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News

2 May 2016
Kestrel Afloat Again
At 3pm on Monday, the Kestrel hull was again launched from the Titan slipway. Holes and leaks around the waterline had been patched and the vessel was again able to float on her own with the help of some pumps.
The kestrel now rests at a wharf behind Orams to be repaired.  Future plans are in the works.

8 March 2016
Disaster Strikes Kestrel
At 5:30am this morning the crew of SeaLink noticed that the Kestrel had disappeared from view at it's berth on Wynyard wharf. The only sign of her was about 50cm of a mast above the waterline and a little floating debris. The unthinkable had happened overnight. The previous evening everything looked normal according to neighbours and wharf security.
It is thought that a sudden large breach of the hull had caused the flooding and within hours she was at the bottom.
Salvagers and divers are currently busy recovering pieces of the superstructure to remove from the site. The hull is still on the bottom weighed down by the 17ton engine block while the upper section is floating. The future is unknown at this time.
Within the next 24 hours this site will have photos of the site activity.


Ready for action:

The Kestrel Preservation Plan

Disaster strikes - Kestrel sunk.
More news to follow...
See the pictures

View the
preservation plan
document here.

The Kestrel is Auckland's most significant maritime icon with rich cultural and historical value. For over a century she plied the Waitemata serving generations of New Zealanders. She was the ultimate Edwardian verandah gliding across the jewel of our harbour.

The Kestrel was built by Charles Bailey jnr. at the site of the Tepid Baths, Auckland, and was launched on 14th December 1905.

She was built of 3 inch thick heart kauri, single skin on wooden frames with 1 inch totara sheathing. Measuring 123ft (37M) long x 28.5ft (8.7m) beam x 9ft (2.8m) draft.

The Kestrel is the last of the big double ended Waitemata Harbour Ferries still afloat.
Purpose built for the Devonport run she carried up to 20,000 passengers a day and was also used as an excersion boat.

She was converted from steam to diesel in 1952 and has a Crossley 6 cylinder 450hp diesel engine.

The Kestrel Preservation Society Inc. was formed to own and operate her, and is organising and managing her restoration with the intention of maintaining and using her for the best public benefit.

The society has charitable status and welcomes members and people and businesses who can contribute to funding or have skills and services to offer the project.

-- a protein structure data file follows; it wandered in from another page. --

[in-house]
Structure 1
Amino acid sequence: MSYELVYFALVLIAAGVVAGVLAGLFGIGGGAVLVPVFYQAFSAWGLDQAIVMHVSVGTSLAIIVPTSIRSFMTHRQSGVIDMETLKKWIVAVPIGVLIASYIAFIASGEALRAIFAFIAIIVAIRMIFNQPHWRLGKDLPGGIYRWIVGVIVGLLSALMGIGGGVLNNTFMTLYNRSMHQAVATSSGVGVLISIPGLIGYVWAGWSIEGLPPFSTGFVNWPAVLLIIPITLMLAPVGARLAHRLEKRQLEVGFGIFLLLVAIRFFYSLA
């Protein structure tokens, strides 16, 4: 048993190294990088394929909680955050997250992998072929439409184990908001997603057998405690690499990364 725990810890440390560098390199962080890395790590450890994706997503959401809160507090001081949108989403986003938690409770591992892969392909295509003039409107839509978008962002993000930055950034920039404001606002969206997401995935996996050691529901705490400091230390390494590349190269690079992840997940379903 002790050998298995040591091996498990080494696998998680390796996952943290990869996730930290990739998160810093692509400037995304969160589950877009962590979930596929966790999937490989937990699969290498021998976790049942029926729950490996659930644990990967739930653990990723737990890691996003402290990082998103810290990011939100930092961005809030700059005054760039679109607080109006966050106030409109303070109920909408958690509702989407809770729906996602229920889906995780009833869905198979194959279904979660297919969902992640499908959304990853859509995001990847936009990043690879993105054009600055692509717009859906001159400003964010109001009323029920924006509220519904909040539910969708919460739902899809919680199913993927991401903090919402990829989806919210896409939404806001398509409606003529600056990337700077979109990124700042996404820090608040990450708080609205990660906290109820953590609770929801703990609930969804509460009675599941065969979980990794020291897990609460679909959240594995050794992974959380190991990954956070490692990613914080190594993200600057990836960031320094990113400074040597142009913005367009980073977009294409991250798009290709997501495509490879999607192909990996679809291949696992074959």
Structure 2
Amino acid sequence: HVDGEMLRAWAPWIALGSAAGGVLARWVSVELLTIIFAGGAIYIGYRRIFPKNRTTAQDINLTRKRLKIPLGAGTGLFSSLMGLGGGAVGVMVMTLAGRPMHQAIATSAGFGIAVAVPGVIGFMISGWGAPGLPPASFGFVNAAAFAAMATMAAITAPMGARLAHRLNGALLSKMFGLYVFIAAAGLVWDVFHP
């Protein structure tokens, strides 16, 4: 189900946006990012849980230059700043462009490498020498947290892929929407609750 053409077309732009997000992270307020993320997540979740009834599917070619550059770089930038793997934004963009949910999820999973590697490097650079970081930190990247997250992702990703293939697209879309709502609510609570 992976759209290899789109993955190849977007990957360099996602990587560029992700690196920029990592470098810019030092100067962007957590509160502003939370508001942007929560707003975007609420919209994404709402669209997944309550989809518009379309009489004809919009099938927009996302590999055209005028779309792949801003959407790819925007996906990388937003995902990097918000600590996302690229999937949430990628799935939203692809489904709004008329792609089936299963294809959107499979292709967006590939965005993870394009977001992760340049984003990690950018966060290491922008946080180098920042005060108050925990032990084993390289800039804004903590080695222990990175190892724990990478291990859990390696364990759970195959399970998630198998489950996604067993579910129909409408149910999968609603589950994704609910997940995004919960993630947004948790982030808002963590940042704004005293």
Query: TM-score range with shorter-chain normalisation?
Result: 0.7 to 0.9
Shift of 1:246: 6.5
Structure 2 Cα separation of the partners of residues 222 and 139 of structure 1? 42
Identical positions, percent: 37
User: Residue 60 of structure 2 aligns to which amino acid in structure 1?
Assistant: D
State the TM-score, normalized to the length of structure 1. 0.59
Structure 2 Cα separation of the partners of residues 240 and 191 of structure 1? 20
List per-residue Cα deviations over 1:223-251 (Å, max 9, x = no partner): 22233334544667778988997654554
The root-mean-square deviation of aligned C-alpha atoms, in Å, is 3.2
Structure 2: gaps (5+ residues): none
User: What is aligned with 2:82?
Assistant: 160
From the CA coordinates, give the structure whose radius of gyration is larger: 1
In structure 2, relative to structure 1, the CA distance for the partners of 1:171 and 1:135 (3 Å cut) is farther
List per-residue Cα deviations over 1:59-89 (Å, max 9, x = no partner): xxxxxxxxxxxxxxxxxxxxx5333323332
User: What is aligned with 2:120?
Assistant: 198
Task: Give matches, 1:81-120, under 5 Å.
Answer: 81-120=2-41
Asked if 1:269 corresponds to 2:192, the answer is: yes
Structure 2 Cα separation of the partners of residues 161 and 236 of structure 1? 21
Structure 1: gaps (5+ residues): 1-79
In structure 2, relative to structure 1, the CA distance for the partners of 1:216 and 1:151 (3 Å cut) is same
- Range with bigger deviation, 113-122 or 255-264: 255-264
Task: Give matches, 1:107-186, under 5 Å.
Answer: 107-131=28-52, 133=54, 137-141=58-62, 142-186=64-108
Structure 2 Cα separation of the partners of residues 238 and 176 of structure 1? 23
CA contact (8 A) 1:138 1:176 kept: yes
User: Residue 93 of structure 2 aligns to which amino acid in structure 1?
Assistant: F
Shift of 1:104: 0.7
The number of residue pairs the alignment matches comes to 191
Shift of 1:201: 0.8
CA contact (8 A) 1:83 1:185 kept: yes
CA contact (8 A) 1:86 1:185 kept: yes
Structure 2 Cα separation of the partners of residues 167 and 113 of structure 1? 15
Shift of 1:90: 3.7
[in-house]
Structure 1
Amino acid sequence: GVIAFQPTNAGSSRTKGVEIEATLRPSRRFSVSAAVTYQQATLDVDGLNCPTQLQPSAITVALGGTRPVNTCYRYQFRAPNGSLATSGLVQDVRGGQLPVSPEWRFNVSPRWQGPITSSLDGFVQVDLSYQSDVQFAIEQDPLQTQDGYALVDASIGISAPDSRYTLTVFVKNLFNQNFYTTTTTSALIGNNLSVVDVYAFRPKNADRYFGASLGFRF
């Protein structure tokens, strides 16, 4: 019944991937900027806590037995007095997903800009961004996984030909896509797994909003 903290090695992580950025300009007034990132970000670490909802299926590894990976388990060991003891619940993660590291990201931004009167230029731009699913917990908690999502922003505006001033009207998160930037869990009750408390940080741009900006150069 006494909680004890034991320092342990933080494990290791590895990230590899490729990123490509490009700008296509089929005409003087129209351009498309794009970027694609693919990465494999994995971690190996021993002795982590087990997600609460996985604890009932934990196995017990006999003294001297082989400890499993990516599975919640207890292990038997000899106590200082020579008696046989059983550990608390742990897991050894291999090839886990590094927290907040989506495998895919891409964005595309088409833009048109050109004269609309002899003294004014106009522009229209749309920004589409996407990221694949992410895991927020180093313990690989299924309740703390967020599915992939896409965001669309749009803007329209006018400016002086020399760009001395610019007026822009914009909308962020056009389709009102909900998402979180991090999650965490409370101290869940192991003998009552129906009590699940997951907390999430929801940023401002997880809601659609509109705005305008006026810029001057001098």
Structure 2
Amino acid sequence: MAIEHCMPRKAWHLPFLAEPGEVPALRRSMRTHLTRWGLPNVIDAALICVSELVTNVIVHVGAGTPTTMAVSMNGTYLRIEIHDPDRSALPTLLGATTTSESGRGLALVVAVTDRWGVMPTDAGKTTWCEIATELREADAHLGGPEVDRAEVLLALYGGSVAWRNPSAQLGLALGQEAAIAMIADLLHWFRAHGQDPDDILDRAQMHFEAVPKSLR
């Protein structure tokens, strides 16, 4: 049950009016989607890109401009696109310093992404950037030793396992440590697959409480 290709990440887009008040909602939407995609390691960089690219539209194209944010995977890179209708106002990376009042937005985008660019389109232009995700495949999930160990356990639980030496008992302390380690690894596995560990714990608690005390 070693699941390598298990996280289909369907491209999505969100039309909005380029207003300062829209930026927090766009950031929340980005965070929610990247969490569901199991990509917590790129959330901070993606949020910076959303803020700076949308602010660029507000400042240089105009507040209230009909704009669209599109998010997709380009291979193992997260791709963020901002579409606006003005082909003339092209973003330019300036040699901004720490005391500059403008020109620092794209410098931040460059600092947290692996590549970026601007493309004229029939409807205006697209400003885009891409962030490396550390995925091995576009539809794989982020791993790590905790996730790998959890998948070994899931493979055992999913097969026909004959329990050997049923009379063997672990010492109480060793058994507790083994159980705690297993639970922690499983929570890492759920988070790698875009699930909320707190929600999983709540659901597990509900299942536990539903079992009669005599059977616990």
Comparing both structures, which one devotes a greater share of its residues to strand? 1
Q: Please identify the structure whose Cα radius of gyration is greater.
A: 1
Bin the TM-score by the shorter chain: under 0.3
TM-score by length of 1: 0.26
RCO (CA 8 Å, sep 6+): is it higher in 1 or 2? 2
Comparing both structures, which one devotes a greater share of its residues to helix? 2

Our Mission

The Kestrel Preservation Society aims to restore the Kestrel to be a safe static wharfside exhibit for the benefit of the whole community. We propose that the vessel will be on display adjacent to Voyager Maritime Museum or at some other prominent sheltered berth where there is good public access. We will restore her in such a way that one day in the future she can be repowered and returned to working order and be sailing again on the Waitemata Harbour as an excursion vessel. Due to the costs of undertaking a complete restoration so the vessel can operate again on the harbour, the Society’s aim in the short term is not to repower the vessel but to preserve the hull and superstructure so the public can use the vessel alongside a wharf in a permanent berth. We will ensure that she is well maintained and self funding in operation as far as practicable.

Our Vision and Values

  • Restoring the Kestrel to be a safe static exhibit and venue will acknowledge Auckland’s rich maritime heritage and aspirations to be a world class city, valuing our cultural history.
  • Investment is required to restore this great ferry back into a condition suitable for the public to board and inspect her.
  • We have the desire to complete this project, in reasonable time and with appropriate care.
  • We are not for profit. All income will be used to maintain the Kestrel and optimise her use, for the benefit of the community.
  • When restored the Kestrel could be used as a unique meeting place, historic café, bar, art gallery, folk and jazz music venue, or for private or corporate functions. At other times the public could have access on a daily basis with maritime history displays on board.
  • Education will be encouraged at every opportunity, including history, preservation and restoration. If we are able to restore her to working order it will also help train shipwrights, marine engineers and operations staff. .
  • We will work with all stakeholders with a view to establishing mutually beneficial relationships.

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